Two students have been awarded competitive scholarships from the U.S. government to study languages abroad. Evan Bulman ’16 has a Boren scholarship from the National Security Education Program to study Arabic in Amman, Jordan for the 2014-2015 academic year. Maya Little ’15 has received a Critical Language Scholarship from the State Department to study Chinese in Guangzhou, China this summer.
Both scholarships are intended to support the study of languages that are not commonly taught at U.S. secondary schools and that are spoken in countries critical to U.S interests.
Bulman was one of 165 students selected out of 868 applicants for the Boren scholarship. He has received $20,000 for a year of intensive Arabic study in Jordan. The junior began studying Arabic his first year at Bowdoin because he wanted to pursue a language of a “dynamic and important region of the world…one that is influential politically and economically,” he said.
The Boren Scholarship requires that its recipients commit to one year of service with the U.S. government in a position with “national security responsibilities.” Bulman, who is from Barrington, R.I., says he’s interested in seeking a position with the State Department. “I’m excited to work on behalf of the U.S. and to help define our image internationally,” he said.
Little is one of 550 U.S. undergraduate students selected out of 5,500 applicants to receive a Critical Language scholarship to pursue languages such as Chinese, Azerbaijani, Bangla, Hindi, Turkish or Urdu. Little has just returned from a study abroad semester in Beijing, where she said her Chinese improved enough for her to have discussions with locals about politics and current events. In June, she’ll return to China for the summer, where she has been placed in an advanced Mandarin class. Her scholarship covers tuition for the 10-week course and travel costs, plus offers room and board and a small stipend. Unlike the Boren scholarship, it does not require any post-graduation service.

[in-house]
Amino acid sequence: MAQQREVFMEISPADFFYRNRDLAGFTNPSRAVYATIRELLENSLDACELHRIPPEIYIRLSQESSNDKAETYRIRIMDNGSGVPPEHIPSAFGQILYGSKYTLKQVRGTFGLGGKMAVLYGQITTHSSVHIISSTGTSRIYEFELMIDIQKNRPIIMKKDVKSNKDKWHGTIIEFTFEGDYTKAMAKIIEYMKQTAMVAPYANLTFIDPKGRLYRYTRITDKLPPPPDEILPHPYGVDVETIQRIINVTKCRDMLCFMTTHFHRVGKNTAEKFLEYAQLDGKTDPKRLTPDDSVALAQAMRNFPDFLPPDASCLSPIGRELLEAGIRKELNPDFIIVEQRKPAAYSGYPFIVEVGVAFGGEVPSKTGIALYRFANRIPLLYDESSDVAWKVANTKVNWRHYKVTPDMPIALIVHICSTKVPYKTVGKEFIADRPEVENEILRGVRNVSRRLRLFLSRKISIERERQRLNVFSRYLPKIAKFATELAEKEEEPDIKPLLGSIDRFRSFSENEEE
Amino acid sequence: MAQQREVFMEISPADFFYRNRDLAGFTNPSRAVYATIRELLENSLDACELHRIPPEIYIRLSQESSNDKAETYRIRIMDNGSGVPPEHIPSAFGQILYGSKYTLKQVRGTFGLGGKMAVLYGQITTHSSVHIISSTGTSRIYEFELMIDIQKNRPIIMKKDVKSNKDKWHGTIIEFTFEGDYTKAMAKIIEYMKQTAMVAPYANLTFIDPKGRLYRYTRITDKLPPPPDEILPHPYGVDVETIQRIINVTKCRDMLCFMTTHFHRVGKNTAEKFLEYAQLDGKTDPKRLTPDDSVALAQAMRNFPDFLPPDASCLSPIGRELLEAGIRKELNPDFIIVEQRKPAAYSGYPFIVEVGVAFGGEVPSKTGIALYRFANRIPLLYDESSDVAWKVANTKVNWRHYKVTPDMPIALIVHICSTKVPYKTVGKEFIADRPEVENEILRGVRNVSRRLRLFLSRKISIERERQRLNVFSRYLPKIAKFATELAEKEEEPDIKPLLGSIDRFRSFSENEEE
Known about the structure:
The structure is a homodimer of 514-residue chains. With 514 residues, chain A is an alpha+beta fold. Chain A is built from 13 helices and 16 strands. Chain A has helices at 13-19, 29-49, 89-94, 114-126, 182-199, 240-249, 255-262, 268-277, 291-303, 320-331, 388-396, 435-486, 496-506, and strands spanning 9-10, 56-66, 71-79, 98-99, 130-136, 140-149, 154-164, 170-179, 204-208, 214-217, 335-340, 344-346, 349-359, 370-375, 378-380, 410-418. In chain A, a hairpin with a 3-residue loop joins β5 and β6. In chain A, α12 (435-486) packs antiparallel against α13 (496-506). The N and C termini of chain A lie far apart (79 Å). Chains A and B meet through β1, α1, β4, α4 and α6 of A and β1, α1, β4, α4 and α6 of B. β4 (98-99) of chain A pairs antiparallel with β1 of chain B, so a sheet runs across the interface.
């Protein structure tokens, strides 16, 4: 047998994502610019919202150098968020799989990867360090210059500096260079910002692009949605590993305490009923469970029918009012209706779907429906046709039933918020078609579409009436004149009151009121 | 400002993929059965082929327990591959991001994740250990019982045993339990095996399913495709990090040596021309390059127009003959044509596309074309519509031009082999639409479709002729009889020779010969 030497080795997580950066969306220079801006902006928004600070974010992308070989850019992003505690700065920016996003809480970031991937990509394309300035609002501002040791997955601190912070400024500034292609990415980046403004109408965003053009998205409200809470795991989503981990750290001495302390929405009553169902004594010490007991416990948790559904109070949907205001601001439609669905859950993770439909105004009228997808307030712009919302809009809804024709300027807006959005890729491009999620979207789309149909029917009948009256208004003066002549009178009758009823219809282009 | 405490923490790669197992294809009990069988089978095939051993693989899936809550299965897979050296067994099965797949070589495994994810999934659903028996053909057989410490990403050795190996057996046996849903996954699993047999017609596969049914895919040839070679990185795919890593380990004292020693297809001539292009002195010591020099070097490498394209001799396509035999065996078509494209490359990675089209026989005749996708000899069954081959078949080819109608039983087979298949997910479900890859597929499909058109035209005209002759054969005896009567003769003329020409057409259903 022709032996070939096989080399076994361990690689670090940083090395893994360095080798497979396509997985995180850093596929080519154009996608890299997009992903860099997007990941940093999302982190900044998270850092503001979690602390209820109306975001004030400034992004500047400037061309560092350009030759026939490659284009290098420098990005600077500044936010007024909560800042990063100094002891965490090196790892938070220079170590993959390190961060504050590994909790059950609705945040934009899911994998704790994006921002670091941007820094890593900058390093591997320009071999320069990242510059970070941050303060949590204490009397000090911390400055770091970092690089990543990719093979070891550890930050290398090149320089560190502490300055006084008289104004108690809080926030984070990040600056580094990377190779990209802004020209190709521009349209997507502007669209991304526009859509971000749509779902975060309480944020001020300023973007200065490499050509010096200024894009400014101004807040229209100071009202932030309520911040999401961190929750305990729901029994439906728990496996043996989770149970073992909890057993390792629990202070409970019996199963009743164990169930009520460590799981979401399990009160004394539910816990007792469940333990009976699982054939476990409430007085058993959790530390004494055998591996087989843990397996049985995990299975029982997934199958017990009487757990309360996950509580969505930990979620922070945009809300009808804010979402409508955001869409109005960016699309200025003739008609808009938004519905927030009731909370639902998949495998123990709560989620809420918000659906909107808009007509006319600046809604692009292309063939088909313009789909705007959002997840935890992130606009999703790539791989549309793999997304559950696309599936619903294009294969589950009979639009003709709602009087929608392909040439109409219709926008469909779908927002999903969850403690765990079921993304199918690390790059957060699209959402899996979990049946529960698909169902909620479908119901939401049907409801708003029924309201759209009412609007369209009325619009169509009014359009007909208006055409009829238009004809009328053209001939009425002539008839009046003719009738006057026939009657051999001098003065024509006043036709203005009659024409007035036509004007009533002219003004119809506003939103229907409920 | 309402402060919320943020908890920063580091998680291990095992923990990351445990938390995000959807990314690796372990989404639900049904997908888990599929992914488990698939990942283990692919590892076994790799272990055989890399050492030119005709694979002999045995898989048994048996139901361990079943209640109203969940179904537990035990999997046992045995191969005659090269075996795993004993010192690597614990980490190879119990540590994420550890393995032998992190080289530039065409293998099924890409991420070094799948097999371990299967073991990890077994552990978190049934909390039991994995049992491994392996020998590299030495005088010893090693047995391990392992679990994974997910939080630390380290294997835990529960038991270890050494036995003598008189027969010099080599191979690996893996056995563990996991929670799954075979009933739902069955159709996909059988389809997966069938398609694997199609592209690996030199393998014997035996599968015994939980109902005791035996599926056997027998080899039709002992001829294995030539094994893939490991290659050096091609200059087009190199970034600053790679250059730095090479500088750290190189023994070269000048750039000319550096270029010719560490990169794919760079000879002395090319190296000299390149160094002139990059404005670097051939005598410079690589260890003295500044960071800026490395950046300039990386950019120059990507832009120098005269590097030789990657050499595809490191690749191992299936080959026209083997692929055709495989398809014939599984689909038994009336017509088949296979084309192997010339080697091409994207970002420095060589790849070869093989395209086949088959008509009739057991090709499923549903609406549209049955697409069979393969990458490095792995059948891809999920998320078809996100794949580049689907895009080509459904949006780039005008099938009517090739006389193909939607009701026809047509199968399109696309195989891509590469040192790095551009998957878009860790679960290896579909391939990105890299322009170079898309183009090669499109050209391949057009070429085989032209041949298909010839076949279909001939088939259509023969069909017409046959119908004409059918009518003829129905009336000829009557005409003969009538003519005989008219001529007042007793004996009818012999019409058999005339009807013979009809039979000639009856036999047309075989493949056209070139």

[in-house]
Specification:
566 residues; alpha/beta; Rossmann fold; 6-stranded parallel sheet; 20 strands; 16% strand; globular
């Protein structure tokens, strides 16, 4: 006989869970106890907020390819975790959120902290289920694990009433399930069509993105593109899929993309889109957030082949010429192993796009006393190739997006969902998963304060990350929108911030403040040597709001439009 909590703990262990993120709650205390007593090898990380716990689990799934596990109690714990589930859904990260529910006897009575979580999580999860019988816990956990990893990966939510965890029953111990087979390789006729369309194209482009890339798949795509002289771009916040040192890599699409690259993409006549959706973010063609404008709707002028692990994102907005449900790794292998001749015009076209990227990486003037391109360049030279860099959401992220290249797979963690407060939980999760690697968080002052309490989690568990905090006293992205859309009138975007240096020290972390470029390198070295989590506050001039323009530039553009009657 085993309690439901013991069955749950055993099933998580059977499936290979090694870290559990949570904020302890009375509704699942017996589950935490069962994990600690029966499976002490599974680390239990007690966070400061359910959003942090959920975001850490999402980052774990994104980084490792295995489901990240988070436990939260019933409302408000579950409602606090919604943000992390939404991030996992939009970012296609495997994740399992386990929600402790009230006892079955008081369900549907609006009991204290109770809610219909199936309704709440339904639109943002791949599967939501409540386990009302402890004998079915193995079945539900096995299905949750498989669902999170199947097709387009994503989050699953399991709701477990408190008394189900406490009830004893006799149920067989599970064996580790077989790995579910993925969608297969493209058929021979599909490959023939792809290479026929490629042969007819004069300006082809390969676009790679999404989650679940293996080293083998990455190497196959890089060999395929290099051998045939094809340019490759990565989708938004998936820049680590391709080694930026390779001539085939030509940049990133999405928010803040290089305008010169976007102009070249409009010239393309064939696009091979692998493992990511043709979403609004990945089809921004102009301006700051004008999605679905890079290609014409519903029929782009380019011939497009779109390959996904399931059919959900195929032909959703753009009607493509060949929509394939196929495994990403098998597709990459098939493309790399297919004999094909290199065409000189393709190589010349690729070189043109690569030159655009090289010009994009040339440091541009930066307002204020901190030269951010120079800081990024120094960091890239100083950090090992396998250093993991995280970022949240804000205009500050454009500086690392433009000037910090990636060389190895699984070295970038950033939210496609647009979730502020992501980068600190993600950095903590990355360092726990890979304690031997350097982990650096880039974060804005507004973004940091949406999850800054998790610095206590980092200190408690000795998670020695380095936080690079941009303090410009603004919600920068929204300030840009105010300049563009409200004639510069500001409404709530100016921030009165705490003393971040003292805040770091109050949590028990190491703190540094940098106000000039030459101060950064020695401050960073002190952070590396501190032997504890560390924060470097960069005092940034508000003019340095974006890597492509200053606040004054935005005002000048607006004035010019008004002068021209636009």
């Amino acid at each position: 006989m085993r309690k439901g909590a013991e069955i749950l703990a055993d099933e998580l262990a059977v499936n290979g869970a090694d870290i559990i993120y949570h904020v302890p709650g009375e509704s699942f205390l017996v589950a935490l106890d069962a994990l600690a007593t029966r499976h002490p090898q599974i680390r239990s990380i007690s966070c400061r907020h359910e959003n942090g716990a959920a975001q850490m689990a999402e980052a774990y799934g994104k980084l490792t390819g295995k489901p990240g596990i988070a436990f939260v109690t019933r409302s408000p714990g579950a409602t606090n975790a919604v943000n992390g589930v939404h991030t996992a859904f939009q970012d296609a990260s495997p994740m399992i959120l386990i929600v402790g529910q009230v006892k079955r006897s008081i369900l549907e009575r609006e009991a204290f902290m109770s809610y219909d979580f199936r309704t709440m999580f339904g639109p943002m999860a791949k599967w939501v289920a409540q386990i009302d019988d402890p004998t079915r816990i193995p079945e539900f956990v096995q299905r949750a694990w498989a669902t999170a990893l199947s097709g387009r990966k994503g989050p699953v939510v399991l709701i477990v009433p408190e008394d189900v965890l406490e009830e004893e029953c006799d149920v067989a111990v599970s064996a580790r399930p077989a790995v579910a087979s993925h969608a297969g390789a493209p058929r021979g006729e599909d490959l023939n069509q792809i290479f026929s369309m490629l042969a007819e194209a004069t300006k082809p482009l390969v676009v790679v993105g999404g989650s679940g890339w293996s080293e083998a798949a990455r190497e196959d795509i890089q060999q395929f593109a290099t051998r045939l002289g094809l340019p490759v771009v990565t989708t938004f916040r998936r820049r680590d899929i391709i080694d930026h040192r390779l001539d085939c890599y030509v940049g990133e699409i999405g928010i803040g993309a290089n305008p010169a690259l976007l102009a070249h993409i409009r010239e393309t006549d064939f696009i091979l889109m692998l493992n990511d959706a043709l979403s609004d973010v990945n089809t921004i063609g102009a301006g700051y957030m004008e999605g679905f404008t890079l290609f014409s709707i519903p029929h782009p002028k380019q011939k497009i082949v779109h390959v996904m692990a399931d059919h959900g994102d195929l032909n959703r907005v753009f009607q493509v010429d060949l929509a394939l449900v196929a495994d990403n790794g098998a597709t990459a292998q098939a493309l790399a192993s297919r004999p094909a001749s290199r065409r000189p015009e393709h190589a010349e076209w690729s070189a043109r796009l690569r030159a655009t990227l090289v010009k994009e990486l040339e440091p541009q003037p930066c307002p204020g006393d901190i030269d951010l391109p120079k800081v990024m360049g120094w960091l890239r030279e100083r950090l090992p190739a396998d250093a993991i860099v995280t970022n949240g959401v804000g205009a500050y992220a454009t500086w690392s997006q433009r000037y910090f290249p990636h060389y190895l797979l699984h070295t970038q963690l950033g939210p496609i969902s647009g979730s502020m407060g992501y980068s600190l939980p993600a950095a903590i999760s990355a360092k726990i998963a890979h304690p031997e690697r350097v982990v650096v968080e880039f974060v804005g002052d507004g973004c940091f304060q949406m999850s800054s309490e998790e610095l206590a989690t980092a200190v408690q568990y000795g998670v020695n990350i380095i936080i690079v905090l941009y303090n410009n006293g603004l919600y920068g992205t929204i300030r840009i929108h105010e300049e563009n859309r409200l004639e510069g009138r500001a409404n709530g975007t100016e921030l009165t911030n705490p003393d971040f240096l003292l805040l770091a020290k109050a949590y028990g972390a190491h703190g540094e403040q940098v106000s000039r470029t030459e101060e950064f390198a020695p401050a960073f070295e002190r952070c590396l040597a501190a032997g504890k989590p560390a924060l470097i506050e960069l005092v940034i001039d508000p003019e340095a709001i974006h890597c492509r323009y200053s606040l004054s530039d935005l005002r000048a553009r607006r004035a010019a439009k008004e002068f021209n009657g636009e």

Little, a history major and Chinese minor, says she became interested in Chinese history when she was in high school in Columbus, Ohio. Since coming to Bowdoin, she has been studying Chinese, and she is working on a history honors project that looks at how China’s premodern tributary system in Korea continues to influence modern Chinese perceptions and interactions with North Korea. Little is a Mellon Mays fellow and last summer received a Goldsmith Adams Research Award from Bowdoin to conduct research in China. Her longterm goal is to become an academic.